Predators beware: Thermal imaging camouflage is now a thing

A team of scientists from the American chemistry society have made a breakthrough that can make heat sources invisible to thermal imaging and it all comes thanks to that magical material, graphene.

The ability to seamlessly fit in with surroundings, or remain hidden, has long since been sought after and has obvious military applications. The introduction of thermal imaging and infrared cameras has made camouflage much harder. Thermal imaging can see things that are both hotter and colder than the ambient temperature, and that means pretty much every living thing or working machine.

Although many have tried to create thermal camouflage (think Arnie in Predator), the constantly alternating heat produced by sources has made attempts futile until now. This new graphene film can adapt to altering thermal radiation, hiding objects from thermal imaging cameras more effectively than ever before.

Graphene is a zero gap semiconductor that efficiently absorbs and emits infrared radiation. That’s interesting, but the opposite of what makes for good camouflage material.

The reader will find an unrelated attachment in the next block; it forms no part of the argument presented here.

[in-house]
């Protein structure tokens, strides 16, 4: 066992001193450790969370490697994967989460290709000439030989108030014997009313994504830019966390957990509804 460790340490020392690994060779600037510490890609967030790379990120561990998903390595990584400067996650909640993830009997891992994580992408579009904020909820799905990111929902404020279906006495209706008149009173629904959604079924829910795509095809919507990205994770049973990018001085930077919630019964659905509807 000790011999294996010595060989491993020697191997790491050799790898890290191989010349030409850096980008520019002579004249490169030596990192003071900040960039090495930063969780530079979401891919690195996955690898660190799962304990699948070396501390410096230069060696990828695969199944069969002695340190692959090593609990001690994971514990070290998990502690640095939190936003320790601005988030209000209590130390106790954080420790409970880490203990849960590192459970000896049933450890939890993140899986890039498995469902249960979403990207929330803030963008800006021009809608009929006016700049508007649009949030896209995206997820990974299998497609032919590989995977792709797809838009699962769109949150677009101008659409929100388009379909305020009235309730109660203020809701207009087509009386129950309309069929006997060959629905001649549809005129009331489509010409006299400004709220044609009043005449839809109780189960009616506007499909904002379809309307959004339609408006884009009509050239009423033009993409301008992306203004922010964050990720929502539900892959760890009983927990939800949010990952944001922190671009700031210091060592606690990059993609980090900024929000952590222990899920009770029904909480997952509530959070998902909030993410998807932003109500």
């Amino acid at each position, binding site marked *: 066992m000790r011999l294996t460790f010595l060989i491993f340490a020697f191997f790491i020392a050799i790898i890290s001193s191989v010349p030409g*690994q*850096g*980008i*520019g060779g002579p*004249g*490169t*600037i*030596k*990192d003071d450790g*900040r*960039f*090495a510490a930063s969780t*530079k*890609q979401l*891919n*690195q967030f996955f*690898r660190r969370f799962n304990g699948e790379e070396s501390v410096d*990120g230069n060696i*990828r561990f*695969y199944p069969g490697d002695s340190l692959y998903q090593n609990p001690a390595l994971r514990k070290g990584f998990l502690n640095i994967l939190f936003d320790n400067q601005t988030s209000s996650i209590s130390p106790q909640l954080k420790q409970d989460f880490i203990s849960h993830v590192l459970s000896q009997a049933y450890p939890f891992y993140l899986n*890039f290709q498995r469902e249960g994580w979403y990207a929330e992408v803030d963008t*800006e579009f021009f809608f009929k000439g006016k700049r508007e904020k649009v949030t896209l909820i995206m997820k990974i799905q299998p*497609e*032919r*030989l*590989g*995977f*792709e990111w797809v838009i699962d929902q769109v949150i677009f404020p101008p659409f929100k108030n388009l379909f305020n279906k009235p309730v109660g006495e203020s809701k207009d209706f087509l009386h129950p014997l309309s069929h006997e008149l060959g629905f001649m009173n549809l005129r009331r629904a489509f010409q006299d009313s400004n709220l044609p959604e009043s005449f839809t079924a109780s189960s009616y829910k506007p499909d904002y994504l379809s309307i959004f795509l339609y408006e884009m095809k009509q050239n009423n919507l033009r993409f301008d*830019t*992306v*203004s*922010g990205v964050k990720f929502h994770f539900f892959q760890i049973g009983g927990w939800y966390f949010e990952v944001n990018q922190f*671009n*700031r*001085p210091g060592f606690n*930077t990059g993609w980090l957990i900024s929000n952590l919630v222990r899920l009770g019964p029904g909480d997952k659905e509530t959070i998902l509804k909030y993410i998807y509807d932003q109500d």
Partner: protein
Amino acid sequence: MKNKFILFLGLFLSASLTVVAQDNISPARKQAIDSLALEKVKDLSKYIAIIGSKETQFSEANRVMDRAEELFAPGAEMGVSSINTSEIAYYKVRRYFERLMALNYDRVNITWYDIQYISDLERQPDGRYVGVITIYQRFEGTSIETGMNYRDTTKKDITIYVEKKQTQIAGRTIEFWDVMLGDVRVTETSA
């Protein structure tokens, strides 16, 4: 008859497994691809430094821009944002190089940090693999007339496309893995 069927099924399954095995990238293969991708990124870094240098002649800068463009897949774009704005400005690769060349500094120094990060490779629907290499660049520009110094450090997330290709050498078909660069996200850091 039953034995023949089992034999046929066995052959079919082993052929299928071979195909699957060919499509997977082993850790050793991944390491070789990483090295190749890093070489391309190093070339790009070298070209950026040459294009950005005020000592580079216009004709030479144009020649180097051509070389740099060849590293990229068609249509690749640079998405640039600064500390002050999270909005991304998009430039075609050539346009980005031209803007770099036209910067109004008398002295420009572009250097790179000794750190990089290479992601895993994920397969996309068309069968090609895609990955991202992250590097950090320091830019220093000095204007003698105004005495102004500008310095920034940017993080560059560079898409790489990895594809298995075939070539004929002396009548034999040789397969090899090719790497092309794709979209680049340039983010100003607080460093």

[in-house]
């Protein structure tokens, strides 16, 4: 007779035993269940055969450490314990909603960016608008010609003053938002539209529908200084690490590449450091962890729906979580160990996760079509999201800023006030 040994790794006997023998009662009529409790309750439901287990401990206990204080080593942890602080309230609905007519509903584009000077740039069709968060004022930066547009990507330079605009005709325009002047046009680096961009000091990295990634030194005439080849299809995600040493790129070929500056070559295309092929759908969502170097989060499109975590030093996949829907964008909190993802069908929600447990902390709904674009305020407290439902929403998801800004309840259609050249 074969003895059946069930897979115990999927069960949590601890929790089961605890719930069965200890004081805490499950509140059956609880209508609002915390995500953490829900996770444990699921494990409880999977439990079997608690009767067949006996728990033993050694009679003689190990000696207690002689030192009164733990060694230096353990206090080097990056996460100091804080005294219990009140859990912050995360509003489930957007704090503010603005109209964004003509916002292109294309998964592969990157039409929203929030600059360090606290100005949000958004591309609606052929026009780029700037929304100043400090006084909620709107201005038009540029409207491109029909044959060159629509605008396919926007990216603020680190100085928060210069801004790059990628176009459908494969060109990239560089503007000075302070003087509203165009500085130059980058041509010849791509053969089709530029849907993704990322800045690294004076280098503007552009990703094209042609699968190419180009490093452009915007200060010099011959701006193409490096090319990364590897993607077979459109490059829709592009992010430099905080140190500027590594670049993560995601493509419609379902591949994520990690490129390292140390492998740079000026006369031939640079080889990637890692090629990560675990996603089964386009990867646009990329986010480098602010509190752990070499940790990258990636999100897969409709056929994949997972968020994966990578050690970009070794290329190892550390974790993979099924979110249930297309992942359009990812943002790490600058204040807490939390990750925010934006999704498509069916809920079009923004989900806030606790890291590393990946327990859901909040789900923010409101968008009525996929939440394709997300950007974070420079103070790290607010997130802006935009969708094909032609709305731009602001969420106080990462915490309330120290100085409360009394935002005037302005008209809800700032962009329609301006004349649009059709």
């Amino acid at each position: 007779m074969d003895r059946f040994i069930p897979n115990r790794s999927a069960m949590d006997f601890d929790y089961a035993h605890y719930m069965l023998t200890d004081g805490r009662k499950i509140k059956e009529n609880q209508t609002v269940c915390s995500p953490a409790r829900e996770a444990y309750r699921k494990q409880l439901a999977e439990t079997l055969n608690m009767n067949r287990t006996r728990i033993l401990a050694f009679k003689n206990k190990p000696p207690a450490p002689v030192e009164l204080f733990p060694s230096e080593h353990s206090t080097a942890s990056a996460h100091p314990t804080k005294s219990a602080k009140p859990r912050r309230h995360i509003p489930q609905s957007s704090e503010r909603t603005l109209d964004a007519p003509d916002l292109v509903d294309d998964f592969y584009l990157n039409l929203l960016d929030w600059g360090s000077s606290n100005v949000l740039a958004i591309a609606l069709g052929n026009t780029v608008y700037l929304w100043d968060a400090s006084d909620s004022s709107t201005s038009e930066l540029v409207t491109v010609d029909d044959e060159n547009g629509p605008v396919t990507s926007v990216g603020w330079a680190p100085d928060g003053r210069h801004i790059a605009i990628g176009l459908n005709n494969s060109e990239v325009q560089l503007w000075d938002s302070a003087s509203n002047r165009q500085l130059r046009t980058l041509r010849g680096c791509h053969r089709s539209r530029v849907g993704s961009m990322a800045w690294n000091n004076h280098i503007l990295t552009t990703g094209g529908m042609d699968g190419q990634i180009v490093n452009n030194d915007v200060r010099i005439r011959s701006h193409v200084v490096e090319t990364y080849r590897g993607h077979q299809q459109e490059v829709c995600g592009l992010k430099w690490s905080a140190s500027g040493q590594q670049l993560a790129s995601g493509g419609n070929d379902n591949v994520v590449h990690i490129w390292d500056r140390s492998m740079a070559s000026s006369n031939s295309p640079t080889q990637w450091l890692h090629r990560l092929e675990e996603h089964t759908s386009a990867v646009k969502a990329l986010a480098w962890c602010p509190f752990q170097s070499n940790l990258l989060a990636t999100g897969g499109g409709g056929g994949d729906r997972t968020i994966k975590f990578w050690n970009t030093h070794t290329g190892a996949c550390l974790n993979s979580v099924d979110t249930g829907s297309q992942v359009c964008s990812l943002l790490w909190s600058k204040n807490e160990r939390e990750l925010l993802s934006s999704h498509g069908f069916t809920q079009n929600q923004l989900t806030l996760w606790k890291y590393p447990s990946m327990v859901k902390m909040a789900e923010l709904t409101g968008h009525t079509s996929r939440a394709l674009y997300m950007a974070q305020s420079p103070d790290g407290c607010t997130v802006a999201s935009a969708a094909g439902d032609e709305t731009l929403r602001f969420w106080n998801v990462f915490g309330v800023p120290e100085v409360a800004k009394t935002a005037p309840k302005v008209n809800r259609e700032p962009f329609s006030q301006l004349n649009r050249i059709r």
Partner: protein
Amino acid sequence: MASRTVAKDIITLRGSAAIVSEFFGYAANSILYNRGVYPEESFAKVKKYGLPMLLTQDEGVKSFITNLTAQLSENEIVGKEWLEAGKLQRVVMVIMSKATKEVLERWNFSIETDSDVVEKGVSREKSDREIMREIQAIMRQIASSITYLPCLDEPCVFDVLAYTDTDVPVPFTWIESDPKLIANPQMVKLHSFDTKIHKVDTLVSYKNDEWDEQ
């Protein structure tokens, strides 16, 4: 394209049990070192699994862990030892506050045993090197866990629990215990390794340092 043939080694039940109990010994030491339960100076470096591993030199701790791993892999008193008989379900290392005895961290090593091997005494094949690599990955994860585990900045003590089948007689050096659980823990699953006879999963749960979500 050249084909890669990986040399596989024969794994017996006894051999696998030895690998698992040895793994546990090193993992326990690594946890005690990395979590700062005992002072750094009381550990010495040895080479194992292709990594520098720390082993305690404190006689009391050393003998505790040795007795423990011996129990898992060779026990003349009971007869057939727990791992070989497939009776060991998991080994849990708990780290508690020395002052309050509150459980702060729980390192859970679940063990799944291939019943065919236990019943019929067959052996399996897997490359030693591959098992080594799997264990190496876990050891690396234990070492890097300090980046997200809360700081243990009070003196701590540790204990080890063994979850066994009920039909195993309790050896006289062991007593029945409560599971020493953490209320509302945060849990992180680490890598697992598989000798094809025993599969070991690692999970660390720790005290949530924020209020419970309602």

However, leading researchers discovered that when a low voltage was passed through the graphene its optical properties were altered causing it to become more metallic in nature, a shiny material which reflects infrared radiation and is a weak emitter.

Inspired by the way cuttlefish blend into their surroundings, Coskun Kocabas, Professor in 2D Device Materials at Manchester University, explains:

“We are basically changing graphene into metal. One obvious application is of course camouflage, but the novelty in this is it is adaptive camouflage,”

The versatility of this new discovery isn’t just about avoiding detection. It could also be used to protect satellites in space through the use of adaptive heat shields.

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